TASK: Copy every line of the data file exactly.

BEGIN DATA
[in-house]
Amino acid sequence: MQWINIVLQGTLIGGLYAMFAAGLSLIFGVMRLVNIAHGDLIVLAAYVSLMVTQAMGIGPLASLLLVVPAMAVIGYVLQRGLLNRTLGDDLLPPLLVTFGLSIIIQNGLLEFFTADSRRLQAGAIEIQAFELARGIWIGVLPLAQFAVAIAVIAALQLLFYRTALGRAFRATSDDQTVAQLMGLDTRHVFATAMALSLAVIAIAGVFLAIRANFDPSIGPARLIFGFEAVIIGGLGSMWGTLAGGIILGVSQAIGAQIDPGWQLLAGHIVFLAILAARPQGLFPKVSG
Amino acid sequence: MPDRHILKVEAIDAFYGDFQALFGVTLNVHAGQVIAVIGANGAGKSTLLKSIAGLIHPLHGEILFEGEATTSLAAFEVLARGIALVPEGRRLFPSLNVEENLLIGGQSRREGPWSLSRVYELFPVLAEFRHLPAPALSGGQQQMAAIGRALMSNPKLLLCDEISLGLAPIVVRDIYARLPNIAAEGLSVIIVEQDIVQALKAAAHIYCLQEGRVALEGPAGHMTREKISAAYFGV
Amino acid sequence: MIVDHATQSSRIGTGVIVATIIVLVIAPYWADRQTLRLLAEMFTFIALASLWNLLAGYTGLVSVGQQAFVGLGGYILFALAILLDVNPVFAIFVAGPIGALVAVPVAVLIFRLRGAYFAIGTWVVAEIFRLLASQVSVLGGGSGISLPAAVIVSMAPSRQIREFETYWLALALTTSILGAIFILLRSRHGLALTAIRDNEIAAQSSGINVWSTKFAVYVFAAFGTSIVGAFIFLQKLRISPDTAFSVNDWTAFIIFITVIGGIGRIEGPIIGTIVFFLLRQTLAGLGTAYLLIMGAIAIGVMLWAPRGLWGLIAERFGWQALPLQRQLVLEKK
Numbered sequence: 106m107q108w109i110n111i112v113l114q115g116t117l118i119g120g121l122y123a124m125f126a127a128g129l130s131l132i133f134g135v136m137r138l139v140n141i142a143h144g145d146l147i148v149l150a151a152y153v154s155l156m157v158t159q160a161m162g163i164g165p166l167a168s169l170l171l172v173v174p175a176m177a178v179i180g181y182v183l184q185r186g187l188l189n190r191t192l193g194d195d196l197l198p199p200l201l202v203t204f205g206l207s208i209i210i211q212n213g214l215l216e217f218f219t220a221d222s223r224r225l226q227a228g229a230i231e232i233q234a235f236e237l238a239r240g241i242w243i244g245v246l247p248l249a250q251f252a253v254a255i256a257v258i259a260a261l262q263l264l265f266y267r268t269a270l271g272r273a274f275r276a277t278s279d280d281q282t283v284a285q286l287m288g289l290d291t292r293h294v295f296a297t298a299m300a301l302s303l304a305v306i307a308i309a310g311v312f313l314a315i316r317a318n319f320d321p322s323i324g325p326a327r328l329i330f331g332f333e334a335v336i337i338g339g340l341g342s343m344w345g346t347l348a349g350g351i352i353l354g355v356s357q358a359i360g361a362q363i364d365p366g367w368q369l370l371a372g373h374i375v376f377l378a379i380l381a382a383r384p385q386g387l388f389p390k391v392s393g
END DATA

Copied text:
[in-house]
Amino acid sequence: MQWINIVLQGTLIGGLYAMFAAGLSLIFGVMRLVNIAHGDLIVLAAYVSLMVTQAMGIGPLASLLLVVPAMAVIGYVLQRGLLNRTLGDDLLPPLLVTFGLSIIIQNGLLEFFTADSRRLQAGAIEIQAFELARGIWIGVLPLAQFAVAIAVIAALQLLFYRTALGRAFRATSDDQTVAQLMGLDTRHVFATAMALSLAVIAIAGVFLAIRANFDPSIGPARLIFGFEAVIIGGLGSMWGTLAGGIILGVSQAIGAQIDPGWQLLAGHIVFLAILAARPQGLFPKVSG
Amino acid sequence: MPDRHILKVEAIDAFYGDFQALFGVTLNVHAGQVIAVIGANGAGKSTLLKSIAGLIHPLHGEILFEGEATTSLAAFEVLARGIALVPEGRRLFPSLNVEENLLIGGQSRREGPWSLSRVYELFPVLAEFRHLPAPALSGGQQQMAAIGRALMSNPKLLLCDEISLGLAPIVVRDIYARLPNIAAEGLSVIIVEQDIVQALKAAAHIYCLQEGRVALEGPAGHMTREKISAAYFGV
Amino acid sequence: MIVDHATQSSRIGTGVIVATIIVLVIAPYWADRQTLRLLAEMFTFIALASLWNLLAGYTGLVSVGQQAFVGLGGYILFALAILLDVNPVFAIFVAGPIGALVAVPVAVLIFRLRGAYFAIGTWVVAEIFRLLASQVSVLGGGSGISLPAAVIVSMAPSRQIREFETYWLALALTTSILGAIFILLRSRHGLALTAIRDNEIAAQSSGINVWSTKFAVYVFAAFGTSIVGAFIFLQKLRISPDTAFSVNDWTAFIIFITVIGGIGRIEGPIIGTIVFFLLRQTLAGLGTAYLLIMGAIAIGVMLWAPRGLWGLIAERFGWQALPLQRQLVLEKK
Numbered sequence: 106m107q108w109i110n111i112v113l114q115g116t117l118i119g120g121l122y123a124m125f126a127a128g129l130s131l132i133f134g135v136m137r138l139v140n141i142a143h144g145d146l147i148v149l150a151a152y153v154s155l156m157v158t159q160a161m162g163i164g165p166l167a168s169l170l171l172v173v174p175a176m177a178v179i180g181y182v183l184q185r186g187l188l189n190r191t192l193g194d195d196l197l198p199p200l201l202v203t204f205g206l207s208i209i210i211q212n213g214l215l216e217f218f219t220a221d222s223r224r225l226q227a228g229a230i231e232i233q234a235f236e237l238a239r240g241i242w243i244g245v246l247p248l249a250q251f252a253v254a255i256a257v258i259a260a261l262q263l264l265f266y267r268t269a270l271g272r273a274f275r276a277t278s279d280d281q282t283v284a285q286l287m288g289l290d291t292r293h294v295f296a297t298a299m300a301l302s303l304a305v306i307a308i309a310g311v312f313l314a315i316r317a318n319f320d321p322s323i324g325p326a327r328l329i330f331g332f333e334a335v336i337i338g339g340l341g342s343m344w345g346t347l348a349g350g351i352i353l354g355v356s357q358a359i360g361a362q363i364d365p366g367w368q369l370l371a372g373h374i375v376f377l378a379i380l381a382a383r384p385q386g387l388f389p390k391v392s393g